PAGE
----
# Equilibria & Oligopolies#

This section introduces the concept of equilibria in games, the paradigm of the prisoner’s dilemma, and oligopolies. These concepts are essential to understanding the models we will be studying the next sections, and for relating game theory to its economic applications.

## Equilibrium#

The prisoner’s dilemma is a classic game first discussed by Merrill Flood and Melvin Dresher in 1950. In this game, there are two prisoners who have been captured and are being interrogated. The prisoners cannot contact each other in any way. They have two options: they can **defect** (betray the other prisoner to the police) or they can **cooperate** (maintain their silence). If both defect, both receive 4 years in prison. If one defects and the other does not, the defector goes free and the cooperator receives 5 years in prison. If both cooperate (meaning neither talks to the police), then they each receive 2 years in prison. We define **mutual defection** as the case when both prisoners defect and **mutual cooperation** as the case when both cooperate. The purpose of this game is to consider how a completely rational person would be best advised to proceed, and how different strategies for playing this game can be more or less effective.

In the above payoff matrix, we see that if Prisoner A cooperates and Prisoner B defects, then Prisoner A gets 5 years in prisoner and Prisoner B gets none. It is important to note that the above payoff matrix is inverted; because we are talking about *years in prison* as opposed to utility, a higher value is **worse** for the player, and a player’s goal is to *minimize* their value in the payoff matrix, not maximize it as normally. We will use this payoff matrix convention when discussing the prisoner’s dilemma, but *not* with other games.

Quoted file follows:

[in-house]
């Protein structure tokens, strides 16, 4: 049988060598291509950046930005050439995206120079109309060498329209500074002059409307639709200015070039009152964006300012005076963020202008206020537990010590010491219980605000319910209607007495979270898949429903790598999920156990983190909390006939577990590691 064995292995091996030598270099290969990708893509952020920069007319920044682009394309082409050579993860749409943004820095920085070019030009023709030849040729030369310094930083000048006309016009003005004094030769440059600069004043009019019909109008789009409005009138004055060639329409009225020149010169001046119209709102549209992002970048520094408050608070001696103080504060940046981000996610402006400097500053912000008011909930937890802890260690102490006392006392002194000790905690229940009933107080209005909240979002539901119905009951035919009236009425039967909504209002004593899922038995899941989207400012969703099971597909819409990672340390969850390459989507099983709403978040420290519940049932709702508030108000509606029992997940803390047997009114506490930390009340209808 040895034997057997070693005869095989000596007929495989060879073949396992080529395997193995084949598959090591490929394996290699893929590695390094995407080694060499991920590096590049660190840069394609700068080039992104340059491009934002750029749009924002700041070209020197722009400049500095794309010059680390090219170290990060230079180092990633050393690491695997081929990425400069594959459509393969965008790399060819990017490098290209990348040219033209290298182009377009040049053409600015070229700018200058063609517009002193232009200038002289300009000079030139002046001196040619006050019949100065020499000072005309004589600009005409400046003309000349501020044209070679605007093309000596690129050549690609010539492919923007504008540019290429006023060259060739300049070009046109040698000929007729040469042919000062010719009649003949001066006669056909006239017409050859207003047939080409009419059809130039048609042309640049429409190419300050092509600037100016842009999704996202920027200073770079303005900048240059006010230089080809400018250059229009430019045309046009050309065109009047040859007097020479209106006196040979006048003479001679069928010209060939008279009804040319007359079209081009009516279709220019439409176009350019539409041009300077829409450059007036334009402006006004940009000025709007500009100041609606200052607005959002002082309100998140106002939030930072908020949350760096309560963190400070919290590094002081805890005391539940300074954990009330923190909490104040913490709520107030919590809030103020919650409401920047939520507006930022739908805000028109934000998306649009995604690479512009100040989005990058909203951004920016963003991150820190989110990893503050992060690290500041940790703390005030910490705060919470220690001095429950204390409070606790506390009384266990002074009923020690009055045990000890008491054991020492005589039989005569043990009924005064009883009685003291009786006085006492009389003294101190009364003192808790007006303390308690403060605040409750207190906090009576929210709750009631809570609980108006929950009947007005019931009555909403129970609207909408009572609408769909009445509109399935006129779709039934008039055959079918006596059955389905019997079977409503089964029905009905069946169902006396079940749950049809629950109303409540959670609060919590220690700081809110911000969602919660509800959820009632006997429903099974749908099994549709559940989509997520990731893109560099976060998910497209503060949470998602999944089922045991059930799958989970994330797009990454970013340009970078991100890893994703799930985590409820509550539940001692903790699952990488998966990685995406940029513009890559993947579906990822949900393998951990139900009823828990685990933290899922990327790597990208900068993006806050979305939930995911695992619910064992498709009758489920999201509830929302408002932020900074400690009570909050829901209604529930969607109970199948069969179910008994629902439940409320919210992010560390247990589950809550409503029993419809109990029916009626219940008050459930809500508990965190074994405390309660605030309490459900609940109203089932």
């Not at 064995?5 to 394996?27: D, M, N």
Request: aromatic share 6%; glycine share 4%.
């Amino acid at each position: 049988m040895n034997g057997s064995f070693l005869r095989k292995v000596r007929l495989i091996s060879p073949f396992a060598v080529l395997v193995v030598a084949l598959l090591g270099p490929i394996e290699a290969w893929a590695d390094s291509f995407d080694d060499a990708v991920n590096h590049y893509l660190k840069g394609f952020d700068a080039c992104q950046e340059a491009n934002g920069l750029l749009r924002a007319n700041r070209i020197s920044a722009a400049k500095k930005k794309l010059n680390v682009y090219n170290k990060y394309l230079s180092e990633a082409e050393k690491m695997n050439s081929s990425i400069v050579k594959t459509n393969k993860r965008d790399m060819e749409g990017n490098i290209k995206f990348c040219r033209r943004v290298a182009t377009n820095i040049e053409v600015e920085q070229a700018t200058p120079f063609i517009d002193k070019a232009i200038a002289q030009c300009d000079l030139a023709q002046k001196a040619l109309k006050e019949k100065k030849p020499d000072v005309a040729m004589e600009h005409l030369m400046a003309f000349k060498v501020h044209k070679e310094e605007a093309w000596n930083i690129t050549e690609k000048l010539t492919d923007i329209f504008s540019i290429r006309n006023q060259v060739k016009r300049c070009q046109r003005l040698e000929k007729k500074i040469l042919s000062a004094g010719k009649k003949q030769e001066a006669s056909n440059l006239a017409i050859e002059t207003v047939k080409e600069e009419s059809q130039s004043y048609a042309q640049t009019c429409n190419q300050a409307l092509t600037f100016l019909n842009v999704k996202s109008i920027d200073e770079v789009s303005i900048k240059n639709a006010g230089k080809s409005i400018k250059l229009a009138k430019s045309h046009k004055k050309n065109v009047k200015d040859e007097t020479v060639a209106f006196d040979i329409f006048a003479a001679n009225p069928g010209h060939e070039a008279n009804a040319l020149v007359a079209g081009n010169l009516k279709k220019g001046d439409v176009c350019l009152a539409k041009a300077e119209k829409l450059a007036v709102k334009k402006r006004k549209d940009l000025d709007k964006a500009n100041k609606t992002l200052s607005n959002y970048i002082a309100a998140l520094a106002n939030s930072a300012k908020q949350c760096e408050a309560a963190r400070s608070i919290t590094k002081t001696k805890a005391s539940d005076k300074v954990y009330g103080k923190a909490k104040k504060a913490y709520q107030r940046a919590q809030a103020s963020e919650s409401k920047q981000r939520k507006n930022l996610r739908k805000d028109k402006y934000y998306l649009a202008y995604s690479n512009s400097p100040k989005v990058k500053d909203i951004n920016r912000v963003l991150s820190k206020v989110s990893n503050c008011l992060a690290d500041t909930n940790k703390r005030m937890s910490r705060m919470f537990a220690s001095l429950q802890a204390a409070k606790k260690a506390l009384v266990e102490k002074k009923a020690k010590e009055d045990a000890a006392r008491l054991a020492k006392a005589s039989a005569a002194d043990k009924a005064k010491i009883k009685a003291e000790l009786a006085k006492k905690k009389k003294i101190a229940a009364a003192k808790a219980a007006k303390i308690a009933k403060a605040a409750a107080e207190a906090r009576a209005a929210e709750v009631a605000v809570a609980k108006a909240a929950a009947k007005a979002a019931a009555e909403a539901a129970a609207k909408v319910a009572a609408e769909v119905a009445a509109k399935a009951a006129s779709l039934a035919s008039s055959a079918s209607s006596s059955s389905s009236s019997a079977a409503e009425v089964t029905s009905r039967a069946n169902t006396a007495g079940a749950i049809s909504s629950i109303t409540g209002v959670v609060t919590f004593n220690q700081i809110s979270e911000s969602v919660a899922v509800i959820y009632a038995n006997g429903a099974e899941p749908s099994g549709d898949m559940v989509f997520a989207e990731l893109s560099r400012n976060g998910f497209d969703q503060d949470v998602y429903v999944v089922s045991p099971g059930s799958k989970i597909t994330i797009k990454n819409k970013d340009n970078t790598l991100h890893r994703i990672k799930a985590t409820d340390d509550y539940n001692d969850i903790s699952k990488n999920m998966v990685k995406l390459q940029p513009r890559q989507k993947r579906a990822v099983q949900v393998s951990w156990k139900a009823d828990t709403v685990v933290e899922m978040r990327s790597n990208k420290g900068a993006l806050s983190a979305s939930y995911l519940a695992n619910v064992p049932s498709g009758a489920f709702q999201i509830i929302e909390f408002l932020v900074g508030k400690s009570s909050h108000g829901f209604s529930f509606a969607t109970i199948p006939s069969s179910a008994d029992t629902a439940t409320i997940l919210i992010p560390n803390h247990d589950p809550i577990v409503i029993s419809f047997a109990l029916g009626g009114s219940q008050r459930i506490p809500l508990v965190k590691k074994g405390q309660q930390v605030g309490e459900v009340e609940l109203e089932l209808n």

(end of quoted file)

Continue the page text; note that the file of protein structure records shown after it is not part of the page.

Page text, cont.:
An important concept in game theory is finding the equilibrium of a game. There are different types of equilibria, but the most common one considered is the **Nash equilibrium**, named for the mathematician John Forbes Nash, Jr. (who you may remember as a character played by Russel Crowe in *A Beautiful Mind*). A Nash equilibrium occurs when no player can increase their own payoff by changing only their own strategy.

Definition

A **Nash equilibrium** is a set of strategy choices in a non-cooperative game in which each player, assumed to know the equilibrium strategies of the other players, has a chosen strategy and there can be no monotonic improvement; that is, no player can increase their payoffs by changing their strategy without another player changing *their* strategy.

Using this definition, what constitutes a Nash equilibrium for the prisoner’s dilemma? Well let’s consider the four possible combinations of strategies. (We use “D” as shorthand for “defect” and “C” for “cooperate” below.)

**Prisoner A: C, Prisoner B: C.**In this case, both Prisoner A and Prisoner B get 2 years. However, if Prisoner A’s strategy remains unchanged, Prisoner B can get fewer years in prison by changing to D, and vice versa. Thus, this is**not**a Nash equilibrium.**Prisoner A: D, Prisoner B: C.**In this case, Prisoner B can change to D and lower their years from 5 to 4. Thus, this is**not**a Nash equilibrium.**Prisoner A: C, Prisoner B: D.**As with (2), Prisoner A can change to D and lower their years in prison. Thus, this is**not**a Nash equilibrium.**Prisoner A: D, Prisoner B: D.**In this case, if Prisoner A changes to C, then their years in prison*increases*from 4 to 5, as with Prisoner B. Neither player can increase their winnings (decrease their years in prison) by changing their strategy. Thus, this**is**a Nash equilibrium, with both Prisoner A and Prisoner B getting 4 years.